I know that ObjectId’s are not necessarily a hexadecimal representation of a number. The Object ID can contain any ASCII printable character (I learned that in the first Documentum training some long time ago… i don’t expect it changed).
    Since I never seen that in real life… Did you?
    Anyway, this might also pose problems sometimes when assuming ObjectID’s are something else but just a string of characters (eg. should not create filenames with objectid’s stored exactly inside… might get a illegal character there).


    • I must say, I’ve seen a lot of object ids, but they were all hexadecimal-ish. Not saying that it couldn’t/doesn’t happen, I just haven’t seen it. I wouldn’t want to use them in the file-name anyway, just ugly looking.


      • mszurap says:

        When I first saw this issue, I was also confused. You can try it by:
        select max(r_object_id) from dm_audittrail
        select r_object_id from dm_audittrail order by r_object_id desc enable(return_top 1)
        are typically not returning the same. This is because the ordering logic: by default if you sort values descending then on the last character you can see that values are going from 9,8,7,…2,1,0,F,E,D,C,B,A and not as you would expect: F,E,D,C,B,A,9,8,…2,1
        If I remember well you can control the sort order by NLS_SORT environment variable (at least with Oracle), but that would be too radical… So the select max(r_object_id) works fine for this situation.



      • It isn’t a database sort issue. There were large ranges (100+ items) of numbers that were sequential in their subset, but not in the overall scheme of things. Plus, when every comparison is using SQL Server sort orders, then the vast gaps are not a real issue.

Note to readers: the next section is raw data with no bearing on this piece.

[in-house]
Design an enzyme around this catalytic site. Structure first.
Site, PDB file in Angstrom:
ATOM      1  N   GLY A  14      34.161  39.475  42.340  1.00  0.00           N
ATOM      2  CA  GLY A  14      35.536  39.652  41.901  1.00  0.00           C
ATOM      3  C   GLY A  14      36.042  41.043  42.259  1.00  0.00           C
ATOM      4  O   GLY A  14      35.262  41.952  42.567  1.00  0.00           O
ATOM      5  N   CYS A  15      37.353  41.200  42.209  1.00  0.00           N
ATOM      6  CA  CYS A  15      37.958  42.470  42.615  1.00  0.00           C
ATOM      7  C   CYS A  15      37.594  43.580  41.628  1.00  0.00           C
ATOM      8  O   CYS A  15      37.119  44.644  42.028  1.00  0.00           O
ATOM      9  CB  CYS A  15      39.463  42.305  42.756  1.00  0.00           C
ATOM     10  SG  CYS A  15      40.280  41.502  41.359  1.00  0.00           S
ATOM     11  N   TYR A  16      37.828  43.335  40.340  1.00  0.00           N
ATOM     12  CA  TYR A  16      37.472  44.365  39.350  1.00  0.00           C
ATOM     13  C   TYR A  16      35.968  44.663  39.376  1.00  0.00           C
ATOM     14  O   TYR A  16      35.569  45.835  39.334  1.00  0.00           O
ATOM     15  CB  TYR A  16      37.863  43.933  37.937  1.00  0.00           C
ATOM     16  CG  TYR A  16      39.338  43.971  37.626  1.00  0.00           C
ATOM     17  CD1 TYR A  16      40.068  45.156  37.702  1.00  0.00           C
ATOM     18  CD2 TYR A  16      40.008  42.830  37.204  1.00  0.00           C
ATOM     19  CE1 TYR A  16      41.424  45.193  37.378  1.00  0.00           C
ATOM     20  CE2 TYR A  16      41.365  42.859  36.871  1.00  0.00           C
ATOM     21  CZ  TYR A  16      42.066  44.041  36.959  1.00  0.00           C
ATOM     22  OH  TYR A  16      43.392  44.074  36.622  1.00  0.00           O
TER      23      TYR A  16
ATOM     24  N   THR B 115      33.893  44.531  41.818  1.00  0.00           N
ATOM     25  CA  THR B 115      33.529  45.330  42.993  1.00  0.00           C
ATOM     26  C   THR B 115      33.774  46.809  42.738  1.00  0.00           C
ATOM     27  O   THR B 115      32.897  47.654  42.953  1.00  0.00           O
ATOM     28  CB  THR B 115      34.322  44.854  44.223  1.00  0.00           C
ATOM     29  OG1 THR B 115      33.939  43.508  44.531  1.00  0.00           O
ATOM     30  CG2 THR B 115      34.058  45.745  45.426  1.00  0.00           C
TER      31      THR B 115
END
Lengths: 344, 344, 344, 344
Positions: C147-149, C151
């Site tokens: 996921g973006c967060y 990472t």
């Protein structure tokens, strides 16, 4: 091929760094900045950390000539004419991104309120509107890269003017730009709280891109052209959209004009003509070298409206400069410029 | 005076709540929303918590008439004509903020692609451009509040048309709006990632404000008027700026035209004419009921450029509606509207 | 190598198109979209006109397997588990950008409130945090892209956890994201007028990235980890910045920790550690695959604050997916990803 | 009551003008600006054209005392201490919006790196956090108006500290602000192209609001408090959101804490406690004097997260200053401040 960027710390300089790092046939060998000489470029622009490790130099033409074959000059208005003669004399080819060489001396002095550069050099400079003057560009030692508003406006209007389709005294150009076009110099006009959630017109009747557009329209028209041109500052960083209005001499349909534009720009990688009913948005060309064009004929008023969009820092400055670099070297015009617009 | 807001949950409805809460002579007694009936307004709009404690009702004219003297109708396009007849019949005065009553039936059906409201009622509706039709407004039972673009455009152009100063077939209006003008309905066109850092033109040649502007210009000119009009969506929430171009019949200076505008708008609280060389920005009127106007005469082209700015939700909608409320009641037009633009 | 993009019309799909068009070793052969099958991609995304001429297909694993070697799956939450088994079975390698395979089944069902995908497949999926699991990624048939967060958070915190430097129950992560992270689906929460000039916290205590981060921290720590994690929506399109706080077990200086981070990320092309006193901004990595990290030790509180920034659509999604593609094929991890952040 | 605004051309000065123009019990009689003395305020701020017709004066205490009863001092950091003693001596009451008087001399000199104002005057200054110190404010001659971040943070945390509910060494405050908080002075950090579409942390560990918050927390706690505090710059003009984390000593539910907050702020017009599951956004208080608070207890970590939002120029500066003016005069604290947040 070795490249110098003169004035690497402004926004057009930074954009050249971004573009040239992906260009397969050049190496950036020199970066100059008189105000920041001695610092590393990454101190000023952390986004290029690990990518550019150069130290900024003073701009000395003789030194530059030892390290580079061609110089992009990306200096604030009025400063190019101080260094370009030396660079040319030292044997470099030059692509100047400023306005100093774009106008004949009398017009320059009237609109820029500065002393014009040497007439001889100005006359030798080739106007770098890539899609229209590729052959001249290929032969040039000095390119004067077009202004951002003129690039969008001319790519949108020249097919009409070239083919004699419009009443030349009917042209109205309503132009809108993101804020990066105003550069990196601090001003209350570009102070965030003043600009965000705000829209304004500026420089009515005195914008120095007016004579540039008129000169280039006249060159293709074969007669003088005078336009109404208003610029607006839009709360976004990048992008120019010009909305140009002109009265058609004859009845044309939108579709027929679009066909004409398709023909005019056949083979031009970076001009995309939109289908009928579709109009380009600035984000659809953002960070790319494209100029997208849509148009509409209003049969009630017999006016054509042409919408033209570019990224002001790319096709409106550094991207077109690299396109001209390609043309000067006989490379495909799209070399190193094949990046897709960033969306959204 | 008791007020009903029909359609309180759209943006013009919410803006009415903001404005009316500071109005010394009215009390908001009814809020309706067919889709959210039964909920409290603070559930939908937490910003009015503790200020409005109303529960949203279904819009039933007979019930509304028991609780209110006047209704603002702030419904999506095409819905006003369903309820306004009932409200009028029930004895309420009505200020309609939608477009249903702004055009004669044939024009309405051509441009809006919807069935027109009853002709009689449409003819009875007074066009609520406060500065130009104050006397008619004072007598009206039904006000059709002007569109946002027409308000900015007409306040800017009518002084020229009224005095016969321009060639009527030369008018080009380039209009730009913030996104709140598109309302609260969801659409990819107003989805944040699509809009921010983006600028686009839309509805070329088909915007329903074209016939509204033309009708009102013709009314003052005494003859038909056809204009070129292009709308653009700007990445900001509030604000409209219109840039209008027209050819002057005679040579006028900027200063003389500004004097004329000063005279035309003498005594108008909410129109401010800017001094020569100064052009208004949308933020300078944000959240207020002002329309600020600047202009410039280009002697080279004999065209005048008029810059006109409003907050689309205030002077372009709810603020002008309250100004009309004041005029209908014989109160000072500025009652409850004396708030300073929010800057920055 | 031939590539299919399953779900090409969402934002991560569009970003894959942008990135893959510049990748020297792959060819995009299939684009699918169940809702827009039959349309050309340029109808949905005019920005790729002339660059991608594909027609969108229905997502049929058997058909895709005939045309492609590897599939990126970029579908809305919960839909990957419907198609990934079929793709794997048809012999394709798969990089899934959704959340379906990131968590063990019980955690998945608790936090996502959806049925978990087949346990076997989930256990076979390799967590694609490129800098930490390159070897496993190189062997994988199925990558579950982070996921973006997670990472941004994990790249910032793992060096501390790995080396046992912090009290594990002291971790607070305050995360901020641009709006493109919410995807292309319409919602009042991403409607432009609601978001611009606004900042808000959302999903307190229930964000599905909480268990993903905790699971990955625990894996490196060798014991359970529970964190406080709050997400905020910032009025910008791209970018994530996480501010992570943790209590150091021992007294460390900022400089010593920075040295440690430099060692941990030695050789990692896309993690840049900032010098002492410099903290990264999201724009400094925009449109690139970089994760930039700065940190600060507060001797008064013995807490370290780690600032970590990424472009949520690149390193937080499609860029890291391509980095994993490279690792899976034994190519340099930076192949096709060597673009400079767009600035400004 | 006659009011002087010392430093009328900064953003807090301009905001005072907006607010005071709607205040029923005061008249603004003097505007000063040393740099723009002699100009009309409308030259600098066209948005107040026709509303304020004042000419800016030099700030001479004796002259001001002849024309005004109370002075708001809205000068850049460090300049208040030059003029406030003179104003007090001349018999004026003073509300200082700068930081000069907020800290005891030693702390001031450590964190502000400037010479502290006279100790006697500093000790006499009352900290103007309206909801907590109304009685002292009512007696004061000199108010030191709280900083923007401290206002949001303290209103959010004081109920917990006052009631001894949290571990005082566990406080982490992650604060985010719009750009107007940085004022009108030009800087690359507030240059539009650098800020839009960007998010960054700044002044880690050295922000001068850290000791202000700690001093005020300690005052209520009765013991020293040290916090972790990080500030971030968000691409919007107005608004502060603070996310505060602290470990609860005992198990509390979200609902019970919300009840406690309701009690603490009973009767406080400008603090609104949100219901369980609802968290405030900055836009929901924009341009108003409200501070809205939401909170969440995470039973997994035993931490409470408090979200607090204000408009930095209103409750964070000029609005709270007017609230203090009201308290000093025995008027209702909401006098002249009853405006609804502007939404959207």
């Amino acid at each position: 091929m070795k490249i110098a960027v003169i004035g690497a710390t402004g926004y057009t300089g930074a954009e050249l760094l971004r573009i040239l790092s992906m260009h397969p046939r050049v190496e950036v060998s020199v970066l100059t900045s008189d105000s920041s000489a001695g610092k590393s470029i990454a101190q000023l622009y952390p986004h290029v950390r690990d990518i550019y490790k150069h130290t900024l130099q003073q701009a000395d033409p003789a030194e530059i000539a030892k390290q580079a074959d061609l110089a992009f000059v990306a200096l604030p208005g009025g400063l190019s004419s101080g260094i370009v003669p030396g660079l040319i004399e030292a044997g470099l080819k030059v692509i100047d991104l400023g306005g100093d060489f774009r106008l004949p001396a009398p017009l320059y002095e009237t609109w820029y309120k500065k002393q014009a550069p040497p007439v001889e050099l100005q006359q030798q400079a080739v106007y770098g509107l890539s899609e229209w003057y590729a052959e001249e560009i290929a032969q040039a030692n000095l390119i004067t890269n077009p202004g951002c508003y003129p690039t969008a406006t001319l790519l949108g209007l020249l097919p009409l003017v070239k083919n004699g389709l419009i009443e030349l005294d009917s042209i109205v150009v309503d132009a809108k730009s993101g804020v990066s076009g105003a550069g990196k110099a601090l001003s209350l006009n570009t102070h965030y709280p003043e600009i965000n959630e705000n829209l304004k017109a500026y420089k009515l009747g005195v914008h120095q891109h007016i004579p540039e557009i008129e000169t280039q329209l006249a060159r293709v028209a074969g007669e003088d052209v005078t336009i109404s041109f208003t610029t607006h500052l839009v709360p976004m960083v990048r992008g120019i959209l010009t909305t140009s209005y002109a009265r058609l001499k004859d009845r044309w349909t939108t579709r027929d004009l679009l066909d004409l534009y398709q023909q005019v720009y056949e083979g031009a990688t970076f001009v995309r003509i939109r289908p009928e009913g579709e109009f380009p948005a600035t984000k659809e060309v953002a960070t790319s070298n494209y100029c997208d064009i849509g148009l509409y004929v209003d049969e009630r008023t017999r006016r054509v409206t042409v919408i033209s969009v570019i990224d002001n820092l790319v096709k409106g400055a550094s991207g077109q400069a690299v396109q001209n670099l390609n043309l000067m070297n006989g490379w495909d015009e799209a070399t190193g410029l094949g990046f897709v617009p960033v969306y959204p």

2. mszurap says:

    So just to be clear and to check whether I understood well: there were bigger gaps in the r_object_id’s and this was caused by multiple content servers?
    We are running into a similar situation: the History tab on the properties page is too sloooow. Pie, why did you decided to migrate the audit trail into another database? The history tab’s select statement cannot be optimized by an index? What did you do then? Hide the history from properties and created another application for “data mining”?
    Thanks for your feedback…


    • We archived all but the last 90 days. Our table has a few hundred million rows, and the linking that takes place just takes time. We were able to get it down for most of our queries to a smaller subset by moving to another database, PLUS, we didn’t worry about security at that point because if you had access to the 2nd database, you were authorized to see the information.

      Oh, and yes, the gap was larger that a handful. Once we started grabbing by dates, while slower, we had everything we needed.

      As to why…this goes back to the Data Shack post that I linked to earlier. Things got slow. Someone clicking on the History tab could cause the whole system to slow to a crawl as the database made all the links and processed the conditionals. Taking away the tab didn’t help as the information was still needed. The only solution was to move it out to a new database. Indexes helped, but they still hurt performance.